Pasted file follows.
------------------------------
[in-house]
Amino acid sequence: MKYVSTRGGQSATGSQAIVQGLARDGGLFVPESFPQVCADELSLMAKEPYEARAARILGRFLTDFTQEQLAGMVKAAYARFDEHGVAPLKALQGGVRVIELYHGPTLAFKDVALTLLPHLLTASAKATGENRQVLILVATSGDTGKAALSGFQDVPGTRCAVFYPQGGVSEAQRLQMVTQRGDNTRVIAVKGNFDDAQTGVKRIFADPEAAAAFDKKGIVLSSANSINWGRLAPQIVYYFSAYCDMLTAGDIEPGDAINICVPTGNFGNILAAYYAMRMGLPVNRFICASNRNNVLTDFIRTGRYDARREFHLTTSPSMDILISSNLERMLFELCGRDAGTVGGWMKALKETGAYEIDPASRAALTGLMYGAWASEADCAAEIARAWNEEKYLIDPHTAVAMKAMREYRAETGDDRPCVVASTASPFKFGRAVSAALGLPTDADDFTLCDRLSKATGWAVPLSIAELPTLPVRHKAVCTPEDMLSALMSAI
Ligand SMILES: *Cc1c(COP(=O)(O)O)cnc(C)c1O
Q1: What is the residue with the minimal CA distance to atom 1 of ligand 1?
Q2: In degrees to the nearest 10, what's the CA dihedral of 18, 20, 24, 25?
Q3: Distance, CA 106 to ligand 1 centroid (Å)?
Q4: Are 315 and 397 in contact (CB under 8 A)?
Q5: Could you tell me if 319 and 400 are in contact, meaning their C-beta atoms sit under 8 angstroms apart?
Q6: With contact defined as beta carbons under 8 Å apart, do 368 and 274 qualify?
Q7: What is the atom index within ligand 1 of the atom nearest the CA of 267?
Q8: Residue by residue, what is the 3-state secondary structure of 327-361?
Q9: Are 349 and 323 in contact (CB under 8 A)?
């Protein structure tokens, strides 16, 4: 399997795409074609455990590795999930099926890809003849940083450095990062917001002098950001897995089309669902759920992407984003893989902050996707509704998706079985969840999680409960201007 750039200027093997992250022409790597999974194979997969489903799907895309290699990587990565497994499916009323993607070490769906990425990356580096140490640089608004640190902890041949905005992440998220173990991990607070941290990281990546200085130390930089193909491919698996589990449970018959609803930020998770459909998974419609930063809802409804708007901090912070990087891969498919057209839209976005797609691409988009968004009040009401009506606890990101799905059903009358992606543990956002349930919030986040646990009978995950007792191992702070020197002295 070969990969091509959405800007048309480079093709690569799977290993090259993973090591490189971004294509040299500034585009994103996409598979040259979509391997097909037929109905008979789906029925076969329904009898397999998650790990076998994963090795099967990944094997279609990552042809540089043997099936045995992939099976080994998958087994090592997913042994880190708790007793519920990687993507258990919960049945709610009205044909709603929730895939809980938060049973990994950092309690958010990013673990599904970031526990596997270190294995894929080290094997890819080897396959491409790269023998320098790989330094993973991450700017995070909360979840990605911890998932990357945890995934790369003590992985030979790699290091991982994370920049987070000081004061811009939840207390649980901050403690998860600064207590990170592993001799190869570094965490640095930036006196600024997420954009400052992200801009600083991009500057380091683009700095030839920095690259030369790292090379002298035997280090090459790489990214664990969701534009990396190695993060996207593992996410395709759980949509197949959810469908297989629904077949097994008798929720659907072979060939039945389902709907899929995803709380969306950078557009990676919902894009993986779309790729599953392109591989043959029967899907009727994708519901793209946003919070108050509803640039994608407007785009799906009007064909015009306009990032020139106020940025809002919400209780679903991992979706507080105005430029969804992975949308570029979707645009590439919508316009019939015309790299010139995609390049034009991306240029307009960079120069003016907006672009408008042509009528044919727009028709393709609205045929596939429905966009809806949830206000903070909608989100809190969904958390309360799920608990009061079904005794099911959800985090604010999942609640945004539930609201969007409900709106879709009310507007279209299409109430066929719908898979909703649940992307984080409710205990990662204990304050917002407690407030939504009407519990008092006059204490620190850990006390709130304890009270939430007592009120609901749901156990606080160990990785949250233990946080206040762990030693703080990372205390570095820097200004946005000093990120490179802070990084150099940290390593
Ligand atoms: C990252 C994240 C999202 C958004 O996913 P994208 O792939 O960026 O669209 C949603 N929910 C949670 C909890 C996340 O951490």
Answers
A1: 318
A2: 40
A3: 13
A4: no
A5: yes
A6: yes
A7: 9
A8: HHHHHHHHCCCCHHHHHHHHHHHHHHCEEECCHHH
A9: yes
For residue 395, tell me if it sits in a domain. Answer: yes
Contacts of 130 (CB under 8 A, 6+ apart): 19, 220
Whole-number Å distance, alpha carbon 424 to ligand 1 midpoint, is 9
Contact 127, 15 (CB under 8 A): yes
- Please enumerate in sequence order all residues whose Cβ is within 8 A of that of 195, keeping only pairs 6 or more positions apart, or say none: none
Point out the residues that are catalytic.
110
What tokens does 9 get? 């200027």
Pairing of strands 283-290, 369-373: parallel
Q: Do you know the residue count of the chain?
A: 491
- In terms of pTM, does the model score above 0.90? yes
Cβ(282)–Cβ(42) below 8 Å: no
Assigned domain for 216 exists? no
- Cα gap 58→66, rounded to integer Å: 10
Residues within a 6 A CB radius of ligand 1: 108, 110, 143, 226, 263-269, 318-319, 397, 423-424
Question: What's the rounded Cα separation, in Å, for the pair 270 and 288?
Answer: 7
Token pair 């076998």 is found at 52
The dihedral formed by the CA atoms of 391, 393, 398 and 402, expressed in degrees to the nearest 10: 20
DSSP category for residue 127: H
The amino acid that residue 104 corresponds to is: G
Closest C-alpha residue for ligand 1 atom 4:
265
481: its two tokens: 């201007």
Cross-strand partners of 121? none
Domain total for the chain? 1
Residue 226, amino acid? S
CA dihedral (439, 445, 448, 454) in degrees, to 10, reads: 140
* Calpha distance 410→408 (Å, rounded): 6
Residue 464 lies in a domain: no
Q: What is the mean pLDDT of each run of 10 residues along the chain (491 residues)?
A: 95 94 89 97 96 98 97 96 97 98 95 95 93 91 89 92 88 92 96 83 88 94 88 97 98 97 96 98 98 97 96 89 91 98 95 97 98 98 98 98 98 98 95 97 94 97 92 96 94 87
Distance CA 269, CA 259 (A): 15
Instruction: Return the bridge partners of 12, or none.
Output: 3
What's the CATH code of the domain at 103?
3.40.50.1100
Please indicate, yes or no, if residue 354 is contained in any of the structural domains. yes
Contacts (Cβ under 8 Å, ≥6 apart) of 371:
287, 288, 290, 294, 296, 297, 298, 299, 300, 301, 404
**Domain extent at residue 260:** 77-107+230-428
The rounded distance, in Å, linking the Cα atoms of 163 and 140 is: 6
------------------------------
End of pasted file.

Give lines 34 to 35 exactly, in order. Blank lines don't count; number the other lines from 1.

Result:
Q: Do you know the residue count of the chain?
A: 491